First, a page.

An interdisciplinary assessment of integrated nematode-soil health management for smallholder potato farming systems in the Western Highlands of Guatemala
Nematologists, pathologists, social scientists and a soil scientist collaborate to reduce potato cyst nematodes
This presentation was created by Patricia LaPorte, Brent Sipes, Haddish Melakeberhan, Catherine Chan, Amilcar Sanchez-Perez, and Anabel Sacbaja for the Horticulture Innovation Lab project focused on managing nematodes and soil health in Guatemala. The presentation was shared at the Society of Nematologists annual meeting in 2017.
The "Managing nematodes and soil health in Guatemala" project boasted a transdisciplinary team of nematologists, pathologists, social scientists and a soil scientist. Experts worked together to co-design the project's experiments and co-analyze the results.
In the Western Highlands of Guatemala, potatoes are a cash crop – with 25 percent of the crop being exported to Honduras and El Salvador. But potato crops have suffered a 50 percent yield loss over the past 20 years. This yield loss is linked to the presence of cyst nematodes (Globodera, Punctodera, and Meloidogyne) and over-use of the soil.
The "Managing nematodes and soil health in Guatemala" project took place in Huehuetenango and Quetzaltenango (Xela). These Guatemalan departments are 70.5 percent rural and 83.5 percent of residents live in poverty, with 33.2 percent living in extreme poverty.
The project's aims are two-fold: to improve the yields of potato crops through conservation agriculture interventions and to deliver these interventions to growers effectively so that they are deployed long after the project has ended.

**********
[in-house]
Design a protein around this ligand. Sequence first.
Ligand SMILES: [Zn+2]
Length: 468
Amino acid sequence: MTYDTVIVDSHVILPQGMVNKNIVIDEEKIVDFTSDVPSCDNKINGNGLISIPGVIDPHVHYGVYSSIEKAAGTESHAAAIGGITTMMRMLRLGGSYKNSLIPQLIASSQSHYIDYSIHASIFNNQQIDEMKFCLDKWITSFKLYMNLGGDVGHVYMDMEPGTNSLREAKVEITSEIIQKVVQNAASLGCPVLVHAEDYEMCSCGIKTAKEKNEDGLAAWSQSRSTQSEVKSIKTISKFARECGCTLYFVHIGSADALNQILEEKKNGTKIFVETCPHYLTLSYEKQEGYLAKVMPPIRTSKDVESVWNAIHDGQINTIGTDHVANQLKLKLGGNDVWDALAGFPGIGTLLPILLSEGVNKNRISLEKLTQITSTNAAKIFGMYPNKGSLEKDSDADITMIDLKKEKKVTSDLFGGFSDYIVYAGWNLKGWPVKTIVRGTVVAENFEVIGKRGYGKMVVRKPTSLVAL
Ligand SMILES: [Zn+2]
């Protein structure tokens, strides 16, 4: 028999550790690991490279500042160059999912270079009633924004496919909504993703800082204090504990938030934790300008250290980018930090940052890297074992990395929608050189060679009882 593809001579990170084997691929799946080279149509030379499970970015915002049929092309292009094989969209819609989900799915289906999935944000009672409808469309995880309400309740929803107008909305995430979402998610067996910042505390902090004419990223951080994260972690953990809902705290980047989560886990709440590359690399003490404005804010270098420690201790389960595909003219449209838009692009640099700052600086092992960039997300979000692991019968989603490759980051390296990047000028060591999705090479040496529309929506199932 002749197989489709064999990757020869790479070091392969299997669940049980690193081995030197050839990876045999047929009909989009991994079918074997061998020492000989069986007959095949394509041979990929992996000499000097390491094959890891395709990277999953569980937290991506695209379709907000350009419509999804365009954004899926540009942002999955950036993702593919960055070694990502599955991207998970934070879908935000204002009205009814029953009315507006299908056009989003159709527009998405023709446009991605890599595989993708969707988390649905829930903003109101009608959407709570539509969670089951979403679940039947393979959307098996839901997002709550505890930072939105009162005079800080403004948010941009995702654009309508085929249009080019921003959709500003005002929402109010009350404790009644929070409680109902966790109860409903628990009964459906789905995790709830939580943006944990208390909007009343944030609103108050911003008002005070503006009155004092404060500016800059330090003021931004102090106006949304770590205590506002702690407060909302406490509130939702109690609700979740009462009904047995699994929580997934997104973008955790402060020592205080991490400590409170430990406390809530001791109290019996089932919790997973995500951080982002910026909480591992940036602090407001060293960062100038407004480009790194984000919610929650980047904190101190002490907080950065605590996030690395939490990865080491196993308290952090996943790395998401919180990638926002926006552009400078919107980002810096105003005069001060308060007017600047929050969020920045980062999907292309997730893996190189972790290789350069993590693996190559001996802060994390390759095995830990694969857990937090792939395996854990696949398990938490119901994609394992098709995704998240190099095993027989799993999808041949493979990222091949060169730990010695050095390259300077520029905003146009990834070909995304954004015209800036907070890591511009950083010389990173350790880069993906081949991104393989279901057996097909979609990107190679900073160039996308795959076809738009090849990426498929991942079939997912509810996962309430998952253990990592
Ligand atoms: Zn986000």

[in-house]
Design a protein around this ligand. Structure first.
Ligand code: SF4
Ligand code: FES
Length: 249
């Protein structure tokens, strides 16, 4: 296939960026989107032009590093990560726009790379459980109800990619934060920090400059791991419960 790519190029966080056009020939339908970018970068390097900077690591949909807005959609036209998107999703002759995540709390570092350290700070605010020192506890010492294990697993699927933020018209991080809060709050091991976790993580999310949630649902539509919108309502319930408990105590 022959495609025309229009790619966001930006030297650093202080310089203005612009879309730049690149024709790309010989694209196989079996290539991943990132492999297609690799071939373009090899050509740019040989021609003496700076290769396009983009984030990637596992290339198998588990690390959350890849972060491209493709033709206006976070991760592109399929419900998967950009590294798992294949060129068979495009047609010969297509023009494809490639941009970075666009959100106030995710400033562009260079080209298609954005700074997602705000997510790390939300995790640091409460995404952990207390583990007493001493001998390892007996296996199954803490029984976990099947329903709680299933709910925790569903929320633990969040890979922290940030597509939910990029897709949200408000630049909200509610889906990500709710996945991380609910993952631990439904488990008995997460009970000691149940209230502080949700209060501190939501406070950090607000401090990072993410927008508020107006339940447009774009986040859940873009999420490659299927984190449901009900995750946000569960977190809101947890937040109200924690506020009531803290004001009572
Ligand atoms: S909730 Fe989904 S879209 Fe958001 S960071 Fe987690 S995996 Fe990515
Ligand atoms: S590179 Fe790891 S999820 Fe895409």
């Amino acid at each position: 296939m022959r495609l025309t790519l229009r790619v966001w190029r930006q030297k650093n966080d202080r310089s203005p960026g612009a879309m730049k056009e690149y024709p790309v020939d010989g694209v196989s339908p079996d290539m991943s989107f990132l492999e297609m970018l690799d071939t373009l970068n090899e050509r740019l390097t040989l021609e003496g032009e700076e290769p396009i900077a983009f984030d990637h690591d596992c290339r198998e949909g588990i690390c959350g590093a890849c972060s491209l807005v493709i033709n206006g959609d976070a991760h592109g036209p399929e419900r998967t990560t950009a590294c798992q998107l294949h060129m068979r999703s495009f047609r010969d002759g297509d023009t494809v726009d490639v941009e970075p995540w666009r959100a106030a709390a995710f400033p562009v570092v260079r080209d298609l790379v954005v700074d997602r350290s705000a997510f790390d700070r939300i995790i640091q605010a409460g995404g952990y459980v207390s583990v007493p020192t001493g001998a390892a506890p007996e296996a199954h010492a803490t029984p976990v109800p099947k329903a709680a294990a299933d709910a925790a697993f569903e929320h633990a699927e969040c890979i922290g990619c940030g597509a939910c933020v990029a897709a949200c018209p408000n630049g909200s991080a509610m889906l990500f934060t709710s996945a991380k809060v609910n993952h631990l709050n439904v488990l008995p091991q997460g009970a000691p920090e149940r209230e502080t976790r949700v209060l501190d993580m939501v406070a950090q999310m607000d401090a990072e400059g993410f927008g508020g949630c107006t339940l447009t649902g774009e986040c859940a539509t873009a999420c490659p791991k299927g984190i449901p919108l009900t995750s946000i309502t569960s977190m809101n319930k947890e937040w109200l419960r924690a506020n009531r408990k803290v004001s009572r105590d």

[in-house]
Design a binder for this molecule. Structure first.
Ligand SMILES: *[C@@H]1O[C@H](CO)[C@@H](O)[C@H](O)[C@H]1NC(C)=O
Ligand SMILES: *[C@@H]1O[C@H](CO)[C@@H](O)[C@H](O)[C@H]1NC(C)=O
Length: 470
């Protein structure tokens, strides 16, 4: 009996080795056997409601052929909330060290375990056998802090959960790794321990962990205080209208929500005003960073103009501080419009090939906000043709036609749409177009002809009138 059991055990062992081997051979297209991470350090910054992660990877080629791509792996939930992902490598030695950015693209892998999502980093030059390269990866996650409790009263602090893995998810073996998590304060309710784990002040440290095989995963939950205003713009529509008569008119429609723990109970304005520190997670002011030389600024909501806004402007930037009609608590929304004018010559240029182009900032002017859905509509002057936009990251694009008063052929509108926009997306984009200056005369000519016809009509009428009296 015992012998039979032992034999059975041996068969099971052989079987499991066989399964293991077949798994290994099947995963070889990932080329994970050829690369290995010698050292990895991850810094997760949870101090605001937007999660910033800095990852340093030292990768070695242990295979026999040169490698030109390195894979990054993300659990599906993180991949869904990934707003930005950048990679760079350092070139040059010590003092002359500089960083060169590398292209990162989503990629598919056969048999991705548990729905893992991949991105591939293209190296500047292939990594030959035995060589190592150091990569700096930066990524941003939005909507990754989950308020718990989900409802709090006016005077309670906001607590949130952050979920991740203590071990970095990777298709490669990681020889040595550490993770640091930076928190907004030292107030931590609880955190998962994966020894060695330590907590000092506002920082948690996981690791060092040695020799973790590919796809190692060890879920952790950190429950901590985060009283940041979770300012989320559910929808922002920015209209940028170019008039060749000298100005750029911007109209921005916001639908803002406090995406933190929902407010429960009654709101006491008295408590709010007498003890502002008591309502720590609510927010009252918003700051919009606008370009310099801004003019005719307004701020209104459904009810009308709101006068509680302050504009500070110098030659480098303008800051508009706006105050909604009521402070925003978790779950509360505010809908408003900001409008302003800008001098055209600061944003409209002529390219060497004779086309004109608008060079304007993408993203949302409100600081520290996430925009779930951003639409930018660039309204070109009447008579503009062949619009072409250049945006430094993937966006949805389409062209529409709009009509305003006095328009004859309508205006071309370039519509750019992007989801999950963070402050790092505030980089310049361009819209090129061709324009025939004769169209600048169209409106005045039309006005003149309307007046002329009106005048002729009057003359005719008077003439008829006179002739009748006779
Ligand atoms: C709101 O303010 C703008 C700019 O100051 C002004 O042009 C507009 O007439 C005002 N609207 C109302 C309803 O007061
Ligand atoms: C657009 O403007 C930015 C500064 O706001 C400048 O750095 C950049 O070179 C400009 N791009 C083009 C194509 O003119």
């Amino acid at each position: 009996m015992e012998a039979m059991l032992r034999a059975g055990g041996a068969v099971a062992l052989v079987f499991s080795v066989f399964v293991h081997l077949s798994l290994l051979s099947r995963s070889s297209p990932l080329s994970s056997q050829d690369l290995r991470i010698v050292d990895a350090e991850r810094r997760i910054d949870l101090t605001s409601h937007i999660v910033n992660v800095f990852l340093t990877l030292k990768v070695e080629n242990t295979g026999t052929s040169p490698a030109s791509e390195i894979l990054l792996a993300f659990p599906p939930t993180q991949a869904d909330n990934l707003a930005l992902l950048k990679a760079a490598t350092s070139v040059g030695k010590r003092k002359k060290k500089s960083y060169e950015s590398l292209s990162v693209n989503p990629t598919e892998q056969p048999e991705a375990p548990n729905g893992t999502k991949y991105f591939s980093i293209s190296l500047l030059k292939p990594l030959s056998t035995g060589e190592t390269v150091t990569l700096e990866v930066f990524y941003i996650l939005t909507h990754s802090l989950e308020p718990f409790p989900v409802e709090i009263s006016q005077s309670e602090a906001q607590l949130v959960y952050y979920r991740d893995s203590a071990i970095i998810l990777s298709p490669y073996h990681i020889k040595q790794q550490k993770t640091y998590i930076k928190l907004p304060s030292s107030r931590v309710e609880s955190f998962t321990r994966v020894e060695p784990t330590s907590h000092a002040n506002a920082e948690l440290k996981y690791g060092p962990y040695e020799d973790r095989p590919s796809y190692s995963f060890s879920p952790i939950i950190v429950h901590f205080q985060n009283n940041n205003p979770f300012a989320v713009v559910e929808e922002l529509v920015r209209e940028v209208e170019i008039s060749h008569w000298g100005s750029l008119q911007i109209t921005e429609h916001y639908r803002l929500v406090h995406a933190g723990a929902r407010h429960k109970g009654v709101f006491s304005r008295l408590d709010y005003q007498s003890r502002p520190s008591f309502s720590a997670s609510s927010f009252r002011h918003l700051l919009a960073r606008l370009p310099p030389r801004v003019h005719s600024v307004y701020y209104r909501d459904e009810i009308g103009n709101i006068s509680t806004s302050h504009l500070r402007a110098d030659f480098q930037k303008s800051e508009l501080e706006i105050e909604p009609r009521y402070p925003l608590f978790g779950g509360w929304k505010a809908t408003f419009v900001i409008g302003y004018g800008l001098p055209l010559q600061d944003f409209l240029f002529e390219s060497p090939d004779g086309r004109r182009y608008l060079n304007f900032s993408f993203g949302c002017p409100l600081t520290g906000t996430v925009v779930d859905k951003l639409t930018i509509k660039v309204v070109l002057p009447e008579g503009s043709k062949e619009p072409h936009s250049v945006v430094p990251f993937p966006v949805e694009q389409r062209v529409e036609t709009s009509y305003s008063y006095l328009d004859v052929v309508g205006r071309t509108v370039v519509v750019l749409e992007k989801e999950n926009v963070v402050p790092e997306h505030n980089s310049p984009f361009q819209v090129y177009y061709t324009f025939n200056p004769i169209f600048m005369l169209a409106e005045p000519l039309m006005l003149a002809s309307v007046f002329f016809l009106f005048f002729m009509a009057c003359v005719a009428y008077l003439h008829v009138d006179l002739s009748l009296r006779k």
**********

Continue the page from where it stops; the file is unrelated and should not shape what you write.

Key tenets of conservation agriculture include maintaining year-round soil cover over potato fields, minimizing tillage and utilizing crop rotations with a principal staple crop of the region. The project also worked to introduce the biological controls, including Trichoderma, Purpureocillium lilacinum and Bacillus subtilis to growers.
The project team spearheaded their research for the project with three focus groups consisting of 6-8 individuals to gain information about farm profiles, production costs and marketing\ information. Through these focus groups, the researchers discovered that men do most of the farming activities while women plant and harvest. They also found out that farmers rotated potato crops with maize, but lacked irrigation systems. Farmers also had limited use of intercropping and certified seeds. Chicken litter and composted animal manure were the most common soil amendments in the region.
The team also worked with farmers to do mental modeling to understand how farmers perceive the connections between soil health, nematodes, fertilizer, their livelihood, scientists, other farmers and policy makers — grounding their interventions with this data.